[Edited version: Peace and Environment News (PEN), vol.21, no.6, July-August 2006, Insider, p.2.]
I recently saw Al Gore’s ‘An Inconvenient Truth’. It was exactly what I expected, in every detail, like getting the Big Mac you expect when you go to Mac Donald’s. What I did not expect, however, is how the theatre filled and how everyone in the theatre seemed to swallow it down. That’s why I am writing this critique of what is an American mainstream film that serves the same political purpose as any Hollywood blockbuster – to neutralize political awareness and response.
Yes, the atmospheric trace gas CO2 has the highest concentration it has had in the last million years. Yes, this is due to fossil fuel burning. Yes, CO2 is a greenhouse gas. Yes, there have been intense weather events in recent years and yes glaciers are melting.
Therefore, let us abstract away the greatest assault on the planet and its people in the history of humanity, namely finance-driven corporate devastation and exploitation backed by military might, and change our light bulbs to the energy saving kind!
Make no mistake. No change in superficial personal lifestyle choices or even voting Democrat instead of Republican or even sending post cards to your representative is going to noticeably slow down the beast. Do these things because they make you feel good but don’t be fooled that you are making a significant difference or even that you are acting morally.
It’s important to feel good by securing the necessities and by integrating a nurturing community (even a media-based one) but if you want to be worried about global problems start with global-scale exploitation of the third world and the crimes against humanity that our governments participates in, both at home and abroad. Start by looking beyond the agenda rags we call newspapers, Hollywood productions, and the planet as a religion.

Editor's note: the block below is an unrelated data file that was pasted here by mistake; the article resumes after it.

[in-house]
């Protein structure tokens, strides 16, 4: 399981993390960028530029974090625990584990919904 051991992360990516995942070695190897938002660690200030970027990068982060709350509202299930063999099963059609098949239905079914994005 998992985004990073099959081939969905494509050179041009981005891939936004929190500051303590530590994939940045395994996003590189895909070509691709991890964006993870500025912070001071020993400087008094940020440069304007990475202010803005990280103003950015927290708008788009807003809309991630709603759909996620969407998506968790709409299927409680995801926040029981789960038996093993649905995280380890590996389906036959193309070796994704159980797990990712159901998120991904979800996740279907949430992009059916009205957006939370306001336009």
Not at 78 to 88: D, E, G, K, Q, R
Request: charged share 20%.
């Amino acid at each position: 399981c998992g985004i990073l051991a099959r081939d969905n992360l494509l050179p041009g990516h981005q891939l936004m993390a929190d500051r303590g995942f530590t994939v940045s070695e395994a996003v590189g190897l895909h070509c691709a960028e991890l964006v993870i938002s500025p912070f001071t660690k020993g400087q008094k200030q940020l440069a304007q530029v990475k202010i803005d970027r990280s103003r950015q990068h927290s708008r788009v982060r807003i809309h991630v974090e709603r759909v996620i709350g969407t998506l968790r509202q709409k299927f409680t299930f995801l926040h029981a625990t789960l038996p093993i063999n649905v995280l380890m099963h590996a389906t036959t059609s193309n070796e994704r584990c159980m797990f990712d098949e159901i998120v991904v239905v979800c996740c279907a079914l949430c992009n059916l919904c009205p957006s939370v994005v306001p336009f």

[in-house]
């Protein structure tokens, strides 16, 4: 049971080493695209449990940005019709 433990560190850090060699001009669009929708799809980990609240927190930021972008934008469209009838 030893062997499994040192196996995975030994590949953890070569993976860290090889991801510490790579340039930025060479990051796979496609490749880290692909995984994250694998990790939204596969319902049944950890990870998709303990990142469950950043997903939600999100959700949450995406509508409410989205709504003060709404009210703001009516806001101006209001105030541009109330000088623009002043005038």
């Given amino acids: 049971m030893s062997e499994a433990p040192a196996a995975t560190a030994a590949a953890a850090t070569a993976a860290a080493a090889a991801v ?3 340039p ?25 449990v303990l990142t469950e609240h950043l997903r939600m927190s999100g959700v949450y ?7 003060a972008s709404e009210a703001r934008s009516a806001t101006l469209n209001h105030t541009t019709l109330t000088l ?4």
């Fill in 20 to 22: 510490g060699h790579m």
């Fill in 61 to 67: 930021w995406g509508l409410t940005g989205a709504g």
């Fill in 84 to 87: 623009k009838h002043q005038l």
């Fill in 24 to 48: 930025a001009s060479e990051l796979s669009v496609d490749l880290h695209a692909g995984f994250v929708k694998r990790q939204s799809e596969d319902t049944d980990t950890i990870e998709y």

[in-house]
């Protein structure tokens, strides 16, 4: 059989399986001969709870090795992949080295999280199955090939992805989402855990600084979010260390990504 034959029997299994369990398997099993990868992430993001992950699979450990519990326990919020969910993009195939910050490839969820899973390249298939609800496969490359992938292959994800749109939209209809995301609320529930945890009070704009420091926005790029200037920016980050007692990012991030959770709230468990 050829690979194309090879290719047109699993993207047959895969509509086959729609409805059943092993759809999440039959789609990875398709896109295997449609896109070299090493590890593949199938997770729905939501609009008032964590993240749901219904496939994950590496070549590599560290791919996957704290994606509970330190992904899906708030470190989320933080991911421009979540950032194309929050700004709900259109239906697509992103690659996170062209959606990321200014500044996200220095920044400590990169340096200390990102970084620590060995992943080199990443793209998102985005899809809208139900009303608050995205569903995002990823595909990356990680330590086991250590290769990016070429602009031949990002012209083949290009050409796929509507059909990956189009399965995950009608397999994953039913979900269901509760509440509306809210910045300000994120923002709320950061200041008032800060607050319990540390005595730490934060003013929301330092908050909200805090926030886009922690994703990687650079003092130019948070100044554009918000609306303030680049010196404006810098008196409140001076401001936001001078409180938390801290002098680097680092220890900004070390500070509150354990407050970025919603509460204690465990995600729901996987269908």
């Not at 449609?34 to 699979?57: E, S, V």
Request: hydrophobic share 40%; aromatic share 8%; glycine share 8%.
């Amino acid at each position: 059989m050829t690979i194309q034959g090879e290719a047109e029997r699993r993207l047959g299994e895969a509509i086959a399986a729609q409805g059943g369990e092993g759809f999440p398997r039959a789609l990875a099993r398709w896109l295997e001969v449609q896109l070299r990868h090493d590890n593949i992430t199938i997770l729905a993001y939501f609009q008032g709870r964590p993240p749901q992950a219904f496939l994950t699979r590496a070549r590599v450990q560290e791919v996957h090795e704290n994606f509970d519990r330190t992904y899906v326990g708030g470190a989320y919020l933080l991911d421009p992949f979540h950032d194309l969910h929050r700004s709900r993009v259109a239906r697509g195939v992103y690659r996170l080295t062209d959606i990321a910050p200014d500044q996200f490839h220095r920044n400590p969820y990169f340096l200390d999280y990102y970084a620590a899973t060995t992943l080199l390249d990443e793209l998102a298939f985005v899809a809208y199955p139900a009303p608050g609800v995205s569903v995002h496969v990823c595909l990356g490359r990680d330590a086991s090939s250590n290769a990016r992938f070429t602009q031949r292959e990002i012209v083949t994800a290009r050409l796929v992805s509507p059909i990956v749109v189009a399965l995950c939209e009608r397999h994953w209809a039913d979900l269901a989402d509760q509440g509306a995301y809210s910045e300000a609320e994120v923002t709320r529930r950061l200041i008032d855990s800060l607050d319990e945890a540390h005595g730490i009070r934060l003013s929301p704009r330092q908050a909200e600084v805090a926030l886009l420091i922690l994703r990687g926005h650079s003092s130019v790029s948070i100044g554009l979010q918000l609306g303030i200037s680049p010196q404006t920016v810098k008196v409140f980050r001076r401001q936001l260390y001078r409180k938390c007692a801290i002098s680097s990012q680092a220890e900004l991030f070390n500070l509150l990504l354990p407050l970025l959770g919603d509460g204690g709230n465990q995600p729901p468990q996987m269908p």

Our moral responsibility extends far beyond checking out Al Gore’s web site, and has relatively little to do with lifestyle choices; including vegetarianism, fair trade purchases, renewable consumer choices, not owning a car, etc. Our responsibilities instead include getting informed (not only on the web but on the streets also), and demanding moral accountability of all those who should serve people (including the corporations and private banks).
To demand is to put yourself out there. To demand is to show what you stand for. To demand is to risk. We must risk as much as will make us as effective as possible in producing justice.
Economic, human, and animal justice brings economic sustainability which in turn is always based on renewable practices. Recognizing the basic rights of native people automatically moderates resource extraction and preserves natural habitats. Not permitting imperialist wars and interventions automatically quenches nation-scale exploitation. True democratic control over monetary policy goes a long way in removing debt-based extortion. Etc.
Concentrated power and capital are not about to give up their practices or their imperative for profit. Resistance to the insane return-on-investments hydra that inhabits our planet is our main responsibility if we are concerned about future generations. It’s time to declare bankruptcy and start again, in collaboration, without debt or interest.
One cannot control a monster by asking it not to shit as much. The monster is the problem, not the fact that it shits, no matter what colour the shit is.
In Al Gore’s masterpiece there is not a single questioning at the root. A sanitized problem of atmospheric chemistry is used to funnel attention into lifestyle choices or filling out feedback forms for the monster’s suggestion box.
The way to help people is to help people. And the first way to do that is to stop f&%king them over.
My burger made me sick.